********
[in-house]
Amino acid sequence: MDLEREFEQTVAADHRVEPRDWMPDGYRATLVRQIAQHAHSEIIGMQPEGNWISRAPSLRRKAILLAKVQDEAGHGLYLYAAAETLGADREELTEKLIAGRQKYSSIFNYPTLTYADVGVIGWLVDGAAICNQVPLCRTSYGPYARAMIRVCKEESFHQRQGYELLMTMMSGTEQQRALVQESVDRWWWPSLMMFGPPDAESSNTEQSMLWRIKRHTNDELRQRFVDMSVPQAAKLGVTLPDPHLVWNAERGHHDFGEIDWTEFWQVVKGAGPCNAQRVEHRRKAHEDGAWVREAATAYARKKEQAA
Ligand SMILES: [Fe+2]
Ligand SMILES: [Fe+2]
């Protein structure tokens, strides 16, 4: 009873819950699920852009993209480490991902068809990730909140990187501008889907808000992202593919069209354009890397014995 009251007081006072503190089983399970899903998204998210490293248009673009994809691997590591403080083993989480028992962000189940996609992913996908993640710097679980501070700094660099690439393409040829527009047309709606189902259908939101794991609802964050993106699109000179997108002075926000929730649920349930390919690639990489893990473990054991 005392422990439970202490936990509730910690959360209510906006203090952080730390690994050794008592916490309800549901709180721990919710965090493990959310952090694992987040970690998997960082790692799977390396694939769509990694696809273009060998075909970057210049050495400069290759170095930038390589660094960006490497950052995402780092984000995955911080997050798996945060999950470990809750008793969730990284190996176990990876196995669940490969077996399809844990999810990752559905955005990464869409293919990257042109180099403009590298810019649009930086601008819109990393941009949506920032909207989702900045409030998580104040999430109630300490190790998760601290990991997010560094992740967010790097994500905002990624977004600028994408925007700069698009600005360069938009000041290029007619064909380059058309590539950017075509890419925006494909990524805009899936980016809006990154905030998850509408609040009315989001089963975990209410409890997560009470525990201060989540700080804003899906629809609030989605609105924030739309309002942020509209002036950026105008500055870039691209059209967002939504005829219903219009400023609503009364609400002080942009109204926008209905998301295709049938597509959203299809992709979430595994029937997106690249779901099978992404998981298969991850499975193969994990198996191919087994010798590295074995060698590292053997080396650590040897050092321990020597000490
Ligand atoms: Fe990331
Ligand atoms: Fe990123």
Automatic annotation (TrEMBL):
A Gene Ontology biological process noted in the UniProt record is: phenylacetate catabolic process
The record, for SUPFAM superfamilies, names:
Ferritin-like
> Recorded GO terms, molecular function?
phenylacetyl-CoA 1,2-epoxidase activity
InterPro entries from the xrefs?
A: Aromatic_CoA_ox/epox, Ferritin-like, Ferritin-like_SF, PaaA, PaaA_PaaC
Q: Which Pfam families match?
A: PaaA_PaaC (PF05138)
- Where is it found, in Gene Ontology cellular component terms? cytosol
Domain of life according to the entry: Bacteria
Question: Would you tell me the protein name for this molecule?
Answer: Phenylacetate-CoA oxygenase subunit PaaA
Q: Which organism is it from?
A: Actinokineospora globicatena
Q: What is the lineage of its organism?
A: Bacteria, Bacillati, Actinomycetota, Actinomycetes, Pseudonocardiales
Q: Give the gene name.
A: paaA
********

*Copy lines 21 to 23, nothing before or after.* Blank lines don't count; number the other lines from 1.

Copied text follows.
Answer: Phenylacetate-CoA oxygenase subunit PaaA
Q: Which organism is it from?
A: Actinokineospora globicatena